Category Archives: Comparative philosophy

Vol 33 of The Journal of Confucian Philosophy and Culture (JCPC)

The editors are delighted to announce the publication of Volume 33 of the Journal of Confucian Philosophy and Culture (JCPC). JCPC is published biannually (in February and August) and welcomes contributions of both articles and book reviews by qualified authors from around the world. This attached file contains the front matter, including a complete table of contents, of Volume 33. The complete volume will be available online at our web site: http://jcpc.skku.edu/.

New Book: Dao Companion to Zhu Xi’s Philosophy

Yong Huang writes to share this news:
Dao Companion to Zhu Xi’s Philosophy, edited by Kai-chiu Ng and Yong Huang, vol. 13 of Dao Companions to Chinese Philosophy series, edited by Yong Huang, had just been published by Springer. The volume consists of 40 chapters, contributed by the best Zhu Xi scholars today. In addition to the Introduction chapter, it includes 4 chapters on Zhu Xi as a commentator of Confucian classics, 6 chapters on the relationships between Zhu Xi and his predecessors, his contemporaries, and philosophers after him in the Confucian tradition of China, 16 chapters on the various aspects of Zhu Xi’s philosophy, 6 chapter on the relationships between Zhu Xi and non-Confucian philosophical traditions, and 7 chapters on the contemporary relevance of Zhu Xi’s philosophy. It is the most comprehensive and most updated studies of Zhu Xi in English. The whole volume is over 1000 pages, reasonably priced at $149.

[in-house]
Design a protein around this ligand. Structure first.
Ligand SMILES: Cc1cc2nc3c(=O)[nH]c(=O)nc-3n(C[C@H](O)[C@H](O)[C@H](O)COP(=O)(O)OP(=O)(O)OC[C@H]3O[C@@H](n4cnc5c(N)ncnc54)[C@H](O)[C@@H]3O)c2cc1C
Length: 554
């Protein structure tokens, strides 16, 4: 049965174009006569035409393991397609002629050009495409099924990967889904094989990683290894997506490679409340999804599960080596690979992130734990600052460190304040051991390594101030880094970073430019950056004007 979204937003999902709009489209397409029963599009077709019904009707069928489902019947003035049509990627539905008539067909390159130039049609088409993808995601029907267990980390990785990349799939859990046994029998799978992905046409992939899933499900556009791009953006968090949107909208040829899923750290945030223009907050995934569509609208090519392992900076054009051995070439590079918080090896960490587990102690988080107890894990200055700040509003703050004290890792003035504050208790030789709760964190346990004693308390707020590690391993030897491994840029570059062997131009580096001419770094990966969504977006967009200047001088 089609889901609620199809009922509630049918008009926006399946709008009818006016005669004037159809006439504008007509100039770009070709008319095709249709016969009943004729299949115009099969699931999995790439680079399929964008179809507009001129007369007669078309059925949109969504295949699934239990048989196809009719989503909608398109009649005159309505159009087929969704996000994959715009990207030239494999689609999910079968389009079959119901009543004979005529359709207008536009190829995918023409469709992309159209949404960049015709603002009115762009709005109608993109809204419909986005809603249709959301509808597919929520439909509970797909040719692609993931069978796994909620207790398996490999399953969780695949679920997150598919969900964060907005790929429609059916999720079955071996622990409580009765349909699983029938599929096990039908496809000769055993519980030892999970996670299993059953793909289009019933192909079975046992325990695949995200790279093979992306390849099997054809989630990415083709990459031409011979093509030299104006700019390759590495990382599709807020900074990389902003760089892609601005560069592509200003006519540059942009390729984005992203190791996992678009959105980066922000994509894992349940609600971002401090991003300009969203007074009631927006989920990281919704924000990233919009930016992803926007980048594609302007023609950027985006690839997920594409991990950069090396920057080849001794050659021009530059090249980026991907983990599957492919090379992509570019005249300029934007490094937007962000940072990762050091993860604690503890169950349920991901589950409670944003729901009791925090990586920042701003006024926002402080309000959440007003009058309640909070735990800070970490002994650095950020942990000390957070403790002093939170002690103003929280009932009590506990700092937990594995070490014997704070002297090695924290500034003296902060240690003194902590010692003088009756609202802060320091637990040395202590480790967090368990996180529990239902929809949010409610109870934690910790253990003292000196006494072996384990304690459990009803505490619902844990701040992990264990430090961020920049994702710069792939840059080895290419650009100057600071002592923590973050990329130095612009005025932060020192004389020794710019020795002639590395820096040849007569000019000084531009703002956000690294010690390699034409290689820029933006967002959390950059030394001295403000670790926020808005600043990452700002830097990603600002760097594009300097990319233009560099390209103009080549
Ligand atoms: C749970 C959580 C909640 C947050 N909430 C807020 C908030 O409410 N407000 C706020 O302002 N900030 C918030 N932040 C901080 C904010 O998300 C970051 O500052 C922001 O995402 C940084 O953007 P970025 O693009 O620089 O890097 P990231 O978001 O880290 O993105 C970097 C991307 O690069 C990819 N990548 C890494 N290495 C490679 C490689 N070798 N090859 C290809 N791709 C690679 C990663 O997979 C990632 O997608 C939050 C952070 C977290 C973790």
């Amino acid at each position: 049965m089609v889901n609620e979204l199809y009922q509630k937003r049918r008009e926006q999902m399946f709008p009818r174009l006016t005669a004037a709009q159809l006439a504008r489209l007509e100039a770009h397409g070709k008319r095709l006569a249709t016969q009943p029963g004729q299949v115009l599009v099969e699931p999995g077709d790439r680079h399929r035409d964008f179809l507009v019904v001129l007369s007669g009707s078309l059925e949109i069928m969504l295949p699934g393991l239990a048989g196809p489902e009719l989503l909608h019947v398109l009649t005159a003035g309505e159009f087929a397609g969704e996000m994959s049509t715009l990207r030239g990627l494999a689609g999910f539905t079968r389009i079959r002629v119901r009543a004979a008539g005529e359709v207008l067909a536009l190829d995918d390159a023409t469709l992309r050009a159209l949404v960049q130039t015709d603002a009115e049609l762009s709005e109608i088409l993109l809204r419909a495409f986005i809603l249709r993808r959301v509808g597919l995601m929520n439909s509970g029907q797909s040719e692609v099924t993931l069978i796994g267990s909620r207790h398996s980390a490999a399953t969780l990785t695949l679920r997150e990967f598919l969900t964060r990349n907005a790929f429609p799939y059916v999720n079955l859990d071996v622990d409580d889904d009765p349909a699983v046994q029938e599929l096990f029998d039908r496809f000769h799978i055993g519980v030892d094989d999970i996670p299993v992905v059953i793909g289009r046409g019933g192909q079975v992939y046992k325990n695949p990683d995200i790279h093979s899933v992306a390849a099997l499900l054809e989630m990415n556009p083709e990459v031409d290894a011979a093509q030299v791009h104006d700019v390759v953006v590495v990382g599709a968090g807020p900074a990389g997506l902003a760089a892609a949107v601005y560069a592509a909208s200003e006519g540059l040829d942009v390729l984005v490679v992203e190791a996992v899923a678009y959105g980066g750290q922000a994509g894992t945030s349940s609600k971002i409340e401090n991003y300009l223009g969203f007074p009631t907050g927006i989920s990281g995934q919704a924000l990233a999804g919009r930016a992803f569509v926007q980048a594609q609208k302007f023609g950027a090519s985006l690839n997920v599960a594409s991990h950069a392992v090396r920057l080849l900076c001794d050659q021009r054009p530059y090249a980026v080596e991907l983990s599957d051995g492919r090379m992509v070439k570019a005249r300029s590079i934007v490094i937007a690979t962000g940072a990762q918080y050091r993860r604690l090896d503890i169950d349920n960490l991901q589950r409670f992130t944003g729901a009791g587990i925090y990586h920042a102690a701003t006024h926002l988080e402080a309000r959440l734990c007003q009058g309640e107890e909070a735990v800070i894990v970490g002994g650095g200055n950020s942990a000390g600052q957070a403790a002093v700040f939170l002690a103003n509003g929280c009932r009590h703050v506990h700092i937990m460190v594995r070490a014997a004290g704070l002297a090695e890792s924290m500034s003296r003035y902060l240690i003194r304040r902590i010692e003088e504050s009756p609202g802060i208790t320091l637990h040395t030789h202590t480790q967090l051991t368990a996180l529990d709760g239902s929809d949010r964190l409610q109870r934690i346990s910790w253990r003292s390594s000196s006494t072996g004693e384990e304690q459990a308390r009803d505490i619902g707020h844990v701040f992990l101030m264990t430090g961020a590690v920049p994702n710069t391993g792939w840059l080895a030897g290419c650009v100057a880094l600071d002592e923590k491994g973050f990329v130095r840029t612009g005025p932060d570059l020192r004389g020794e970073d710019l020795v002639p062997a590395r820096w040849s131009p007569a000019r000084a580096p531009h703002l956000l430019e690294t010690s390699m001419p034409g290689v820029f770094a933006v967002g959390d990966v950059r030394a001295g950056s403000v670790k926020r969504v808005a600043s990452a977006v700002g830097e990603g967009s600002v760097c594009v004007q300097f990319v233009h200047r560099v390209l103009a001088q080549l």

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Lambert Reviews Olberding at NDPR

Notre Dame Philosophical Reviews

2020.02.11 View this Review Online   View Other NDPR Reviews

Amy Olberding, The Wrong of Rudeness: Learning Modern Civility from Ancient Chinese Philosophy, Oxford University Press, 2019, 183pp., $29.95 (hbk), ISBN 9780190880965.

Reviewed by Andrew Lambert, City University of New York, College of Staten Island

Amy Olberding notes that this book is a response to increased polarization and conflict in civil life in the United States (ix). Besides political discourse, the problem of incivility or rudeness is found also in everyday social life — such as what to do when “Uncle Frank” makes offensive remarks about race, sexuality and immigration at the family Thanksgiving dinner (144). Olberding’s response is to turn to the Confucian tradition. The early Confucians’ commitment to civility can help us to re-think social relations, and arrive at an outlook that recognizes the difficulty of bridging gaps between us but also sustains a sense of solidarity.

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New Book: Bell and Wang, Just Hierarchy

Daniel A. Bell (贝淡宁) and Wang Pei (汪沛)’s new book Just Hierarchy: Why Social Hierarchies Matter in China and the Rest of the World will be officially published by Princeton University Press in March but advance copies have arrived in the warehouse and the book can be ordered on the PUP website. Please enter discount code C285 for 30% off. The discount expires June 30, 2020. For more information from the press, read on.

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Ivanhoe at Columbia Neo-Confucianism Seminar

The first Spring session of the Columbia Seminar on Neo-Confucian Studies (University Seminar #567) will convene on February 7th, from 3:30 to 5:30pm in the main board room of the Heyman Center for the Humanities at Columbia University.
The speaker will be Philip J. Ivanhoe, who will be sharing his “Dasan on ‘Sympathetic Consideration’ (恕, Seo)“. This presentation will fill out and in some cases correct his earlier views on Dasan’s conception of 恕.